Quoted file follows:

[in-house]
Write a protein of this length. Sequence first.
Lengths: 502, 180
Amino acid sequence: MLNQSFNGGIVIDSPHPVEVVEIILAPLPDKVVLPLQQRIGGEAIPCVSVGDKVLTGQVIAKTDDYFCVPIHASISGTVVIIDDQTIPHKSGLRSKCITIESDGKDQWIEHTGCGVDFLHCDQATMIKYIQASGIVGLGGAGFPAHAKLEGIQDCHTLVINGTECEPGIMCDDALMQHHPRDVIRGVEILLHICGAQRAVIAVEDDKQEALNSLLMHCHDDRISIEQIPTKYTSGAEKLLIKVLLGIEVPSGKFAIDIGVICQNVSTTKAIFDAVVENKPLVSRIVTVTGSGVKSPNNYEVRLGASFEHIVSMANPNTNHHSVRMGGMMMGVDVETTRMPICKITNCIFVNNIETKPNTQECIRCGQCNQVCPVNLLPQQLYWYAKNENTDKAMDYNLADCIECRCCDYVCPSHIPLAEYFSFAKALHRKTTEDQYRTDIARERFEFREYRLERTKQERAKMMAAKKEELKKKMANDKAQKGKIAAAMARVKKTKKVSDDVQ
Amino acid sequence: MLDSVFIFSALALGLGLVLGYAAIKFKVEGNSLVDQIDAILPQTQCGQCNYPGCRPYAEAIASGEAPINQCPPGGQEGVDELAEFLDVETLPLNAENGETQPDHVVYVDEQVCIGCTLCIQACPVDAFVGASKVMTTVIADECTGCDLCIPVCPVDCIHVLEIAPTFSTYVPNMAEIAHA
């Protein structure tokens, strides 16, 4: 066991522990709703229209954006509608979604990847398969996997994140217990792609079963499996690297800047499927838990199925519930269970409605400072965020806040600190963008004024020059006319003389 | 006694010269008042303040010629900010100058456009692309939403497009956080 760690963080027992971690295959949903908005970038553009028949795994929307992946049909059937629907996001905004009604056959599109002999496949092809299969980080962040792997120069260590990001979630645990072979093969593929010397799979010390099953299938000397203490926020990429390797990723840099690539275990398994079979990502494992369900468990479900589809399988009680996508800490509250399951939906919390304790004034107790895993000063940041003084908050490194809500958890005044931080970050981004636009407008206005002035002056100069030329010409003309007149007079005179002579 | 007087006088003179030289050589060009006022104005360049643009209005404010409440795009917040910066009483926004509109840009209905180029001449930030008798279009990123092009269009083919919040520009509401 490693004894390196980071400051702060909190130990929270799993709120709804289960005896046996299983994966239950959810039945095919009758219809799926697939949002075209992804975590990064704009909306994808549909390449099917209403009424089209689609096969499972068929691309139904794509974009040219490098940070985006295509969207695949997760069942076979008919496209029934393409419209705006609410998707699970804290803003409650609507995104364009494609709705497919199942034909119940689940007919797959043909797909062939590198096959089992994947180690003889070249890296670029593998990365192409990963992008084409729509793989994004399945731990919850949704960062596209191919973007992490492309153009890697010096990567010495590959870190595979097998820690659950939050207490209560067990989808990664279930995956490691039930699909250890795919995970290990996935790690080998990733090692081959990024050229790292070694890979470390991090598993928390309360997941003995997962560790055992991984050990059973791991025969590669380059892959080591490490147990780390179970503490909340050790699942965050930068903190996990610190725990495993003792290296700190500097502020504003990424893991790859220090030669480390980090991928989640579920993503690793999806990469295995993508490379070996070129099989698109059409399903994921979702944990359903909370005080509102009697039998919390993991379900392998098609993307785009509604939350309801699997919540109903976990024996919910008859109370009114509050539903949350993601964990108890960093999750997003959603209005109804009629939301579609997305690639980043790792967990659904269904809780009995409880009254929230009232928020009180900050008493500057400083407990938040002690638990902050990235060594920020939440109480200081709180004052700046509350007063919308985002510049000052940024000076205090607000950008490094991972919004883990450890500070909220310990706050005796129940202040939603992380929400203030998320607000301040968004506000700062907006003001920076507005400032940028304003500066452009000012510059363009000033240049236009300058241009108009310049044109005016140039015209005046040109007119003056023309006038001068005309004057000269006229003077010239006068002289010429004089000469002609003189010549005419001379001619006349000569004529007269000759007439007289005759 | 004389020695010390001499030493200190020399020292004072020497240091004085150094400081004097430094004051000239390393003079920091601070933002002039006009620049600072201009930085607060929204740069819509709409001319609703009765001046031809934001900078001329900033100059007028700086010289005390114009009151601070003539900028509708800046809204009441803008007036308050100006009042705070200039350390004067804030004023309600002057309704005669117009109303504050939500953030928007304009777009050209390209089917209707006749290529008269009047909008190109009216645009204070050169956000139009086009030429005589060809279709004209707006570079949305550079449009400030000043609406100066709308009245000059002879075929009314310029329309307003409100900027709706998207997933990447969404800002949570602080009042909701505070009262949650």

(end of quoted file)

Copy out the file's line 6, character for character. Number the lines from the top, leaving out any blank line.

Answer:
């Protein structure tokens, strides 16, 4: 066991522990709703229209954006509608979604990847398969996997994140217990792609079963499996690297800047499927838990199925519930269970409605400072965020806040600190963008004024020059006319003389 | 006694010269008042303040010629900010100058456009692309939403497009956080 760690963080027992971690295959949903908005970038553009028949795994929307992946049909059937629907996001905004009604056959599109002999496949092809299969980080962040792997120069260590990001979630645990072979093969593929010397799979010390099953299938000397203490926020990429390797990723840099690539275990398994079979990502494992369900468990479900589809399988009680996508800490509250399951939906919390304790004034107790895993000063940041003084908050490194809500958890005044931080970050981004636009407008206005002035002056100069030329010409003309007149007079005179002579 | 007087006088003179030289050589060009006022104005360049643009209005404010409440795009917040910066009483926004509109840009209905180029001449930030008798279009990123092009269009083919919040520009509401 490693004894390196980071400051702060909190130990929270799993709120709804289960005896046996299983994966239950959810039945095919009758219809799926697939949002075209992804975590990064704009909306994808549909390449099917209403009424089209689609096969499972068929691309139904794509974009040219490098940070985006295509969207695949997760069942076979008919496209029934393409419209705006609410998707699970804290803003409650609507995104364009494609709705497919199942034909119940689940007919797959043909797909062939590198096959089992994947180690003889070249890296670029593998990365192409990963992008084409729509793989994004399945731990919850949704960062596209191919973007992490492309153009890697010096990567010495590959870190595979097998820690659950939050207490209560067990989808990664279930995956490691039930699909250890795919995970290990996935790690080998990733090692081959990024050229790292070694890979470390991090598993928390309360997941003995997962560790055992991984050990059973791991025969590669380059892959080591490490147990780390179970503490909340050790699942965050930068903190996990610190725990495993003792290296700190500097502020504003990424893991790859220090030669480390980090991928989640579920993503690793999806990469295995993508490379070996070129099989698109059409399903994921979702944990359903909370005080509102009697039998919390993991379900392998098609993307785009509604939350309801699997919540109903976990024996919910008859109370009114509050539903949350993601964990108890960093999750997003959603209005109804009629939301579609997305690639980043790792967990659904269904809780009995409880009254929230009232928020009180900050008493500057400083407990938040002690638990902050990235060594920020939440109480200081709180004052700046509350007063919308985002510049000052940024000076205090607000950008490094991972919004883990450890500070909220310990706050005796129940202040939603992380929400203030998320607000301040968004506000700062907006003001920076507005400032940028304003500066452009000012510059363009000033240049236009300058241009108009310049044109005016140039015209005046040109007119003056023309006038001068005309004057000269006229003077010239006068002289010429004089000469002609003189010549005419001379001619006349000569004529007269000759007439007289005759 | 004389020695010390001499030493200190020399020292004072020497240091004085150094400081004097430094004051000239390393003079920091601070933002002039006009620049600072201009930085607060929204740069819509709409001319609703009765001046031809934001900078001329900033100059007028700086010289005390114009009151601070003539900028509708800046809204009441803008007036308050100006009042705070200039350390004067804030004023309600002057309704005669117009109303504050939500953030928007304009777009050209390209089917209707006749290529008269009047909008190109009216645009204070050169956000139009086009030429005589060809279709004209707006570079949305550079449009400030000043609406100066709308009245000059002879075929009314310029329309307003409100900027709706998207997933990447969404800002949570602080009042909701505070009262949650």